District of Sechelt mayor John Henderson says improving the transportation infrastructure is one way to address growing concerns on the Sunshine Coast.
Henderson, along with other representatives from council, travelled to Victoria to bring several issues to life and says constructing a 29-kilometre, four-lane highway is just one of his proposed solutions for the area.
In a paper published by Henderson, he says the cost for the project would be an estimated $450 million, but the benefits of the highway would far exceed the cost of the highway. Those include public safety, predictable travel times and improved integration of various transit options.
Henderson says the highway will improve everyone’s quality of life.
“This is something that will help all of us, there is a lot of frustration and stress,” he says. “We need the highway as soon as we possibly can, we’ve been talking about this for 30 years. Now is the time to make it happen.”
The proposed highway route would begin at the top of the Langdale bypass and follow the BC Hydro Right of Way crossing Chapman Creek and north of the Sechelt Hospital through downtown Sechelt and on to Trout Lake.
Henderson says the proposed route would alleviate a lot of the traffic on the current main road, which runs into Gibsons and into the heart of a residential area, but more importantly, it would mitigate those in rush to catch the ferries.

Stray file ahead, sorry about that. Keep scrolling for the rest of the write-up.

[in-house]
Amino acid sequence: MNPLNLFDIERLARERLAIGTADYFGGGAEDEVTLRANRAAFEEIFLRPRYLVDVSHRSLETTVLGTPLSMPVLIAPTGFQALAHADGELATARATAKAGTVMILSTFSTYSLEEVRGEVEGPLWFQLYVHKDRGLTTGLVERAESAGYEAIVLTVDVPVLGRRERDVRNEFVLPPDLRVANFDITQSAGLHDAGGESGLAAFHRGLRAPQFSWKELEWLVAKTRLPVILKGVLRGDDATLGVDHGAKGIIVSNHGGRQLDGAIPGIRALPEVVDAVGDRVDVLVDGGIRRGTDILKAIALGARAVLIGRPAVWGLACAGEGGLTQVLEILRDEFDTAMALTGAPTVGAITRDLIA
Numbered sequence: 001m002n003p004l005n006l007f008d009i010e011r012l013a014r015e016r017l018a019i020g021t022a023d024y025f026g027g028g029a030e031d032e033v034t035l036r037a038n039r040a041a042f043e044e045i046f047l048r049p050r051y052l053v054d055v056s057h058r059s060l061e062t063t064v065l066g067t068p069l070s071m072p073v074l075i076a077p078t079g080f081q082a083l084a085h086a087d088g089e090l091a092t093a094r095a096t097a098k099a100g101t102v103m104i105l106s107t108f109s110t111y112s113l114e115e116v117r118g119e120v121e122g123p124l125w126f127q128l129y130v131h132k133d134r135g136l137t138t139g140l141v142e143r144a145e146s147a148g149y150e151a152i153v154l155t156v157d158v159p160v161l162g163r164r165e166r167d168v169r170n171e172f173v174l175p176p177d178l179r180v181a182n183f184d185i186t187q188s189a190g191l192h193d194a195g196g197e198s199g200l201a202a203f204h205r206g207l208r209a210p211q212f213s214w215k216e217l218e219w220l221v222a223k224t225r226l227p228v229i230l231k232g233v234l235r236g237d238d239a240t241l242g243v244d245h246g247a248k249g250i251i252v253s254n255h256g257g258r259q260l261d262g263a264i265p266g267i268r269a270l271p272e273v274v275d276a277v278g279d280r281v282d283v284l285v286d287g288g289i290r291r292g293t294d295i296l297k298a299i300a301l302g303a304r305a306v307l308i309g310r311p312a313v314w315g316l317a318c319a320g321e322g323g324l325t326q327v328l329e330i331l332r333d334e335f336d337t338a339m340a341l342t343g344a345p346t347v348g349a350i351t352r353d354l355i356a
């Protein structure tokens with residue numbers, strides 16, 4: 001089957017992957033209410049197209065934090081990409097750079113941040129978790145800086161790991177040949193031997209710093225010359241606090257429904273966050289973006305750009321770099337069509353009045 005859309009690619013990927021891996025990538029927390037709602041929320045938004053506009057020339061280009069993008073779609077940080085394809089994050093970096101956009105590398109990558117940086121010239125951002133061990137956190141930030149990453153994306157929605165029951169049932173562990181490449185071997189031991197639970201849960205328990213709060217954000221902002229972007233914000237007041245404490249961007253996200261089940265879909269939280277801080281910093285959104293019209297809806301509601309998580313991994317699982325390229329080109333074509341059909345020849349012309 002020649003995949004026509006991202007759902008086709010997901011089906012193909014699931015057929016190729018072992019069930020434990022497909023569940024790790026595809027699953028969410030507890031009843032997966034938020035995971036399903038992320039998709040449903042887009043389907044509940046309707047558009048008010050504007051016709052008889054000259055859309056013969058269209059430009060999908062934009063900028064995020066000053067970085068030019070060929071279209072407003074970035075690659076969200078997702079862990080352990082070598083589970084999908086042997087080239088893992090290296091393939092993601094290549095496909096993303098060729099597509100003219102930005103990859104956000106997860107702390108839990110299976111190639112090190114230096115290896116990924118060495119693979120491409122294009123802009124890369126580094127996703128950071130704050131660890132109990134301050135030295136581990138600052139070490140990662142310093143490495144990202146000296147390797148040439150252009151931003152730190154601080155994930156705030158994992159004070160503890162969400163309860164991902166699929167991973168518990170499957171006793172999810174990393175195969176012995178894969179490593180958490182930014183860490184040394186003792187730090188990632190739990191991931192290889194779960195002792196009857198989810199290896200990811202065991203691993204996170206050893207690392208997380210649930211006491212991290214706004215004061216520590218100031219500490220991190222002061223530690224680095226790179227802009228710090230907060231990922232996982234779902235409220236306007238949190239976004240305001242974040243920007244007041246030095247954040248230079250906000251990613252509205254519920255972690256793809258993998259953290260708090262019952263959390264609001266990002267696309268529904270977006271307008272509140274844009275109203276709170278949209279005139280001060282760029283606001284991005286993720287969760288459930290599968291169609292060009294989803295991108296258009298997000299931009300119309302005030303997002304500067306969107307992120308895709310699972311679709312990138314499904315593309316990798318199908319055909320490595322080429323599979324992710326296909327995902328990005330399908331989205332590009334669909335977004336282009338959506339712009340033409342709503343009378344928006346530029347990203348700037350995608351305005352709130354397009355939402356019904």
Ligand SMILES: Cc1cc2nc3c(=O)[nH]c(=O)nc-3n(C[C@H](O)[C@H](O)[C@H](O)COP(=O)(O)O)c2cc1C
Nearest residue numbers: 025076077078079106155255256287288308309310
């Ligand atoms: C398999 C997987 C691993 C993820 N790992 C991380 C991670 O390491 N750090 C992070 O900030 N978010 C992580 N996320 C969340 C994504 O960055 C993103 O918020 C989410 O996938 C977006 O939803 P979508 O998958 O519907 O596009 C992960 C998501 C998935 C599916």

“We get a huge amount of traffic when we’re racing to get to a ferry,” he says. “This would take a lot of the pressure off of the residential road and reduce the number of accidents.”
Funding for the highway must come from somewhere, and according to the District of Sechelt’s general fund overview, and summary of debt, there is still an outstanding $3.1 million of debt to be paid off.
Henderson says it is not unreasonable to approach the provincial or federal governments for additional funding, but he indicated some business owners on the coast would not mind paying the extra money if it meant they are able to have peace of mind in the region.
“There is a lot of cost that businesses suffer from using the current road,” Henderson says. “The business community has been very willing to pay a fee towards this, and I would look to the provincial, and federal government, to step up.
“We could also possibly see a referendum on this project too.”
He says if the highway was to be put in, it would not be out of the question to ask homeowners (or business owners) to pay an additional $50 to $100 a year extra.
The report indicates the project has the potential for the development of seven interchanges to support affordable housing, as well as industrial and institutional growth.